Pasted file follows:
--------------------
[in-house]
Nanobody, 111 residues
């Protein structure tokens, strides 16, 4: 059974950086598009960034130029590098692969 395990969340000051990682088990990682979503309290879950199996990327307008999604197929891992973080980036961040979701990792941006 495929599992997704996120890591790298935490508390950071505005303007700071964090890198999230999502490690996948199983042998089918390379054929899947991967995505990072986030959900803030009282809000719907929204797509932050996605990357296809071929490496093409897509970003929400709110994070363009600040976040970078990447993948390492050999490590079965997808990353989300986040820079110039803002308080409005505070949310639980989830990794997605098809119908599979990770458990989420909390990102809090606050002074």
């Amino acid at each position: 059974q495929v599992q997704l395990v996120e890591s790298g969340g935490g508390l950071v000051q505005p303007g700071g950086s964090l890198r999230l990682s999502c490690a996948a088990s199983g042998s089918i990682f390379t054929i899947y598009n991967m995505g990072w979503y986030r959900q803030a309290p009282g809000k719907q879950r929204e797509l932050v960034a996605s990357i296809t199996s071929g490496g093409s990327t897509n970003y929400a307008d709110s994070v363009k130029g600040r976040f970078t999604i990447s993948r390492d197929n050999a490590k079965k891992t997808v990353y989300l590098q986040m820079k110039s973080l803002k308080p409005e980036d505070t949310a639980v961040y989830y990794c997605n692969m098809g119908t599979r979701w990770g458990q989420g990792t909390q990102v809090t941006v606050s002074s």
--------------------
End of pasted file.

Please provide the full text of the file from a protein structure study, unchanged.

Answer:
[in-house]
Nanobody, 111 residues
């Protein structure tokens, strides 16, 4: 059974950086598009960034130029590098692969 395990969340000051990682088990990682979503309290879950199996990327307008999604197929891992973080980036961040979701990792941006 495929599992997704996120890591790298935490508390950071505005303007700071964090890198999230999502490690996948199983042998089918390379054929899947991967995505990072986030959900803030009282809000719907929204797509932050996605990357296809071929490496093409897509970003929400709110994070363009600040976040970078990447993948390492050999490590079965997808990353989300986040820079110039803002308080409005505070949310639980989830990794997605098809119908599979990770458990989420909390990102809090606050002074």
């Amino acid at each position: 059974q495929v599992q997704l395990v996120e890591s790298g969340g935490g508390l950071v000051q505005p303007g700071g950086s964090l890198r999230l990682s999502c490690a996948a088990s199983g042998s089918i990682f390379t054929i899947y598009n991967m995505g990072w979503y986030r959900q803030a309290p009282g809000k719907q879950r929204e797509l932050v960034a996605s990357i296809t199996s071929g490496g093409s990327t897509n970003y929400a307008d709110s994070v363009k130029g600040r976040f970078t999604i990447s993948r390492d197929n050999a490590k079965k891992t997808v990353y989300l590098q986040m820079k110039s973080l803002k308080p409005e980036d505070t949310a639980v961040y989830y990794c997605n692969m098809g119908t599979r979701w990770g458990q989420g990792t909390q990102v809090t941006v606050s002074s």